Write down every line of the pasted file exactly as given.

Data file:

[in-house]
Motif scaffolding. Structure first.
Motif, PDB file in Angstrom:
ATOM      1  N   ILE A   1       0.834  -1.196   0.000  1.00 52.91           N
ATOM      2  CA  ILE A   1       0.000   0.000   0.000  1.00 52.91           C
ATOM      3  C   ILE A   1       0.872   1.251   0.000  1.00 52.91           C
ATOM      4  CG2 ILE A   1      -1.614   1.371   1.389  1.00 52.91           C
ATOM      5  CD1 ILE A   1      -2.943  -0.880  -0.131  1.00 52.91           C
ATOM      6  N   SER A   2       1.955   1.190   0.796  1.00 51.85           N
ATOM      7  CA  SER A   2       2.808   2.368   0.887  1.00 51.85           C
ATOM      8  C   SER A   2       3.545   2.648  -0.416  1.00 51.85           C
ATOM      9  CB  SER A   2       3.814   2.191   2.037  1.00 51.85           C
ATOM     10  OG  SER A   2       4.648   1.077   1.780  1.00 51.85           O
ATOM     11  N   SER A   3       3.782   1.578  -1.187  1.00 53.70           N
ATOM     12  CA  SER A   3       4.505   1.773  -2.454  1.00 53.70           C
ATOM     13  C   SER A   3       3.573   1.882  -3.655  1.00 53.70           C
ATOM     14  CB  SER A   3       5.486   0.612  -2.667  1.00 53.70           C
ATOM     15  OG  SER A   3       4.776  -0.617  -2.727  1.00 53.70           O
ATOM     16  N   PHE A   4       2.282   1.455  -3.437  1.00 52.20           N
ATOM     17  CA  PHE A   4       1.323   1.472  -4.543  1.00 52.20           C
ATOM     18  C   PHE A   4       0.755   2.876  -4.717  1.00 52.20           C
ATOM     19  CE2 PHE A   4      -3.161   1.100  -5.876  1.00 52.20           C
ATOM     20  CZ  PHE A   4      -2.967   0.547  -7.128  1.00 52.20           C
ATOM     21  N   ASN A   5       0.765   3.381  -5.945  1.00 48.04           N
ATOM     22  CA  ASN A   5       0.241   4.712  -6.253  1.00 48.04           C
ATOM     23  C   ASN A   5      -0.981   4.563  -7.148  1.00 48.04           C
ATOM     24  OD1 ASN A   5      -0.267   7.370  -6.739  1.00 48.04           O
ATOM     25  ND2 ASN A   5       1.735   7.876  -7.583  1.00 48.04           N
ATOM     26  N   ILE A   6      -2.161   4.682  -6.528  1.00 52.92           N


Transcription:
[in-house]
Motif scaffolding. Structure first.
Motif, PDB file in Angstrom:
ATOM      1  N   ILE A   1       0.834  -1.196   0.000  1.00 52.91           N
ATOM      2  CA  ILE A   1       0.000   0.000   0.000  1.00 52.91           C
ATOM      3  C   ILE A   1       0.872   1.251   0.000  1.00 52.91           C
ATOM      4  CG2 ILE A   1      -1.614   1.371   1.389  1.00 52.91           C
ATOM      5  CD1 ILE A   1      -2.943  -0.880  -0.131  1.00 52.91           C
ATOM      6  N   SER A   2       1.955   1.190   0.796  1.00 51.85           N
ATOM      7  CA  SER A   2       2.808   2.368   0.887  1.00 51.85           C
ATOM      8  C   SER A   2       3.545   2.648  -0.416  1.00 51.85           C
ATOM      9  CB  SER A   2       3.814   2.191   2.037  1.00 51.85           C
ATOM     10  OG  SER A   2       4.648   1.077   1.780  1.00 51.85           O
ATOM     11  N   SER A   3       3.782   1.578  -1.187  1.00 53.70           N
ATOM     12  CA  SER A   3       4.505   1.773  -2.454  1.00 53.70           C
ATOM     13  C   SER A   3       3.573   1.882  -3.655  1.00 53.70           C
ATOM     14  CB  SER A   3       5.486   0.612  -2.667  1.00 53.70           C
ATOM     15  OG  SER A   3       4.776  -0.617  -2.727  1.00 53.70           O
ATOM     16  N   PHE A   4       2.282   1.455  -3.437  1.00 52.20           N
ATOM     17  CA  PHE A   4       1.323   1.472  -4.543  1.00 52.20           C
ATOM     18  C   PHE A   4       0.755   2.876  -4.717  1.00 52.20           C
ATOM     19  CE2 PHE A   4      -3.161   1.100  -5.876  1.00 52.20           C
ATOM     20  CZ  PHE A   4      -2.967   0.547  -7.128  1.00 52.20           C
ATOM     21  N   ASN A   5       0.765   3.381  -5.945  1.00 48.04           N
ATOM     22  CA  ASN A   5       0.241   4.712  -6.253  1.00 48.04           C
ATOM     23  C   ASN A   5      -0.981   4.563  -7.148  1.00 48.04           C
ATOM     24  OD1 ASN A   5      -0.267   7.370  -6.739  1.00 48.04           O
ATOM     25  ND2 ASN A   5       1.735   7.876  -7.583  1.00 48.04           N
ATOM     26  N   ILE A   6      -2.161   4.682  -6.528  1.00 52.92           N